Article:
I am rubbing the cloth on the glass when it occurs to me why I prefer windows to mirrors. My husband has just walked into the room, drawn by the long sonorous whine of the glass singing under my ministrations. He looks perturbed for a moment, he is assuming I have locked my personal assistant in the office again and she is whining to be let out. When he sees me worrying away at the glass with my cloth, he smiles, standing a little longer than needed. He steps closer to the pane and looks through it at me, holds my gaze for a bit. Says nothing and everything in his constant way. I see us, myself and him, at the same time, overlapped, blended, separate but together. We are looking at the same thing but we are seeing it differently. It causes me to reflect on this moment in time in a new way. This new world insisting we look out at it through the paradigm of disease. For some, the view is terrifying, bleak, miserable, the glass permanently cracked. Others struggle to see through the clouded glass and feel stuck, uncertain about what they can’t quite see. Still others are looking for a silver lining, trying to see the light beyond the dark, peering into the now to try to see some glimpse of the yet to be, what people insist on calling the new normal.

All of us are looking out, but it seems all of us are seeing something different. We are separated by this disease, and yet we do see one another now, more than before. We are finding new windows, on our computers, between us and our teller, our grocery clerks, our barista. Some of us are staring directly into the window, hands alongside our eyes to narrow our view. Others glance sidelong at the glass, checking for shadows that blur all that there is in this. There are even those who would have you believe that they are offering you a window but thrust a mirror infront of you instead, have you believe in a picture they are creating behind the scene as if they were the Great Oz.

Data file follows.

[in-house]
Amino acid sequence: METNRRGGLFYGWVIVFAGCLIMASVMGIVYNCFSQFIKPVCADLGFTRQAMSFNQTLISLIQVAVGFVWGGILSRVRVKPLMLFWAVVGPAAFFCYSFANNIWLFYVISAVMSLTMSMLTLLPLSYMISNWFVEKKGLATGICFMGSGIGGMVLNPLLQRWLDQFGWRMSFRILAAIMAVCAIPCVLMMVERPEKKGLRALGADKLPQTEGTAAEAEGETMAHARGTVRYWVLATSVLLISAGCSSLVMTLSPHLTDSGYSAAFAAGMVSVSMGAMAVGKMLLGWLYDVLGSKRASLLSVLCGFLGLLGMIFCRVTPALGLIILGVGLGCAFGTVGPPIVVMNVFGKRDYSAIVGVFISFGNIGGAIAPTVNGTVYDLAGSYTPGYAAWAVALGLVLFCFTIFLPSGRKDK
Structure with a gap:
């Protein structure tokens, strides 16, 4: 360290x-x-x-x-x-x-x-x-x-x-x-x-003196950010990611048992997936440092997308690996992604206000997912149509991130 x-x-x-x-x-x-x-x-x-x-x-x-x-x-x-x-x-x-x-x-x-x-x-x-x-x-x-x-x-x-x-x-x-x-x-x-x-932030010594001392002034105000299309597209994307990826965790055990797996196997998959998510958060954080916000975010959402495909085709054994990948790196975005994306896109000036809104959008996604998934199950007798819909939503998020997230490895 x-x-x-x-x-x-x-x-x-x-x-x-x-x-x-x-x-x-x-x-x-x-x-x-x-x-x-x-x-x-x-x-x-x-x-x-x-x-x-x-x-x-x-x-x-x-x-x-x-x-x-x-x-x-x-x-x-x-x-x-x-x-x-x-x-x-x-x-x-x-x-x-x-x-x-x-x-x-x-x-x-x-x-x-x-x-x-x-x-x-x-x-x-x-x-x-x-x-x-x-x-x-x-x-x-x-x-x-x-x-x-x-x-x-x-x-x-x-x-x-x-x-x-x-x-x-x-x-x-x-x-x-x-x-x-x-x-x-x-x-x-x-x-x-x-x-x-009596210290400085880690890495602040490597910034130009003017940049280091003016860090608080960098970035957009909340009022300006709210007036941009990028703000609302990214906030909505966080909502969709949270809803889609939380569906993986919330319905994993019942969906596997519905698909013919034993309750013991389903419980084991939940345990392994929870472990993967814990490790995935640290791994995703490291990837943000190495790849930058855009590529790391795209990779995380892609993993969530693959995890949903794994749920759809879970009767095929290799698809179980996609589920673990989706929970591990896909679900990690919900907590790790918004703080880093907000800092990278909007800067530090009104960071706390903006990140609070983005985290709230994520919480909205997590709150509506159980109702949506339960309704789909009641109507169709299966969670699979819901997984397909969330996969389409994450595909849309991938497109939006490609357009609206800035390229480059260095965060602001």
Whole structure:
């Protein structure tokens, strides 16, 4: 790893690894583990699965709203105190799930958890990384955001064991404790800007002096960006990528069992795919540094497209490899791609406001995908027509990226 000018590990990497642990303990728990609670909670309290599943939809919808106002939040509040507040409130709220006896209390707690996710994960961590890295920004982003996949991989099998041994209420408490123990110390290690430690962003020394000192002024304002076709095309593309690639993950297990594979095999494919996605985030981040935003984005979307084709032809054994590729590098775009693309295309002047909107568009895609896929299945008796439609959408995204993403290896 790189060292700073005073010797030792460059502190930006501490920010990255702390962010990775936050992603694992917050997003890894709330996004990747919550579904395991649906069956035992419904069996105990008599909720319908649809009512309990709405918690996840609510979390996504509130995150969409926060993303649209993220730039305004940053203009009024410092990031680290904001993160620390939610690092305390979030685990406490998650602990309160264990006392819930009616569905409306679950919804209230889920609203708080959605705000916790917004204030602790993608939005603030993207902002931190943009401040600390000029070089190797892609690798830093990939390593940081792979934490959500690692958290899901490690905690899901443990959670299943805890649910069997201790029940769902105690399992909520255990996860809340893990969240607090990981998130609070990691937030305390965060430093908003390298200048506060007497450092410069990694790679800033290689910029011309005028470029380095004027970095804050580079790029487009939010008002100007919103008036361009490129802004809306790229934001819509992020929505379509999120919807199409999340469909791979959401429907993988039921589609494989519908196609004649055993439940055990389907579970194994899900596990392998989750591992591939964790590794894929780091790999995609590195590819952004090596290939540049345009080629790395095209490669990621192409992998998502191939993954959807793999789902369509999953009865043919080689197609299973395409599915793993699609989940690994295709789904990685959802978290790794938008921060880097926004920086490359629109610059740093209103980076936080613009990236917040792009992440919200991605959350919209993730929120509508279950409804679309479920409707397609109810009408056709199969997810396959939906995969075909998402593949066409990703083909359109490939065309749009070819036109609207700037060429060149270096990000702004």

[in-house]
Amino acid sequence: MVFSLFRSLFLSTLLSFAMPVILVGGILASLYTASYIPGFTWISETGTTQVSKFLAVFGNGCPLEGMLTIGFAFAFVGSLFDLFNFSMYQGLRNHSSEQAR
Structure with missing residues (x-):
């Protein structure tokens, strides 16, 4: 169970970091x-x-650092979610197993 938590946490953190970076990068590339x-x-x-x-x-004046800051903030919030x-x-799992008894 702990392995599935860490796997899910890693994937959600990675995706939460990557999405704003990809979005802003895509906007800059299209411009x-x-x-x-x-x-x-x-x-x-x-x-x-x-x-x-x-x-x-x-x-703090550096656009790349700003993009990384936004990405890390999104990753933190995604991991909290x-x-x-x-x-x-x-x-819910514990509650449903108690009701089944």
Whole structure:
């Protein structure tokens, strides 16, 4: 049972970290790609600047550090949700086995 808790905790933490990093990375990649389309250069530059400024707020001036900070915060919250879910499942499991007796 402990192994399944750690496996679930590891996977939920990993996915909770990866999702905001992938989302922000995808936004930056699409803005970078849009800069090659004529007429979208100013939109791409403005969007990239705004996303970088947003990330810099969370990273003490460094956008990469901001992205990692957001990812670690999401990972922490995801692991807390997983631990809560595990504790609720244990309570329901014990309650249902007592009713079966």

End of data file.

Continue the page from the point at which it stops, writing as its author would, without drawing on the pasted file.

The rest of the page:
There is another reason I like windows. Yes, they remind me of my mother and a simpler and carefree phase of my life. Yes, they allow me a view of the beauty I am surrounded by on my farm and in my home. Yes, I feel deeply satisfied as I look through this clear firing of sand that I have polished clean until my view, at least, is crystal clear.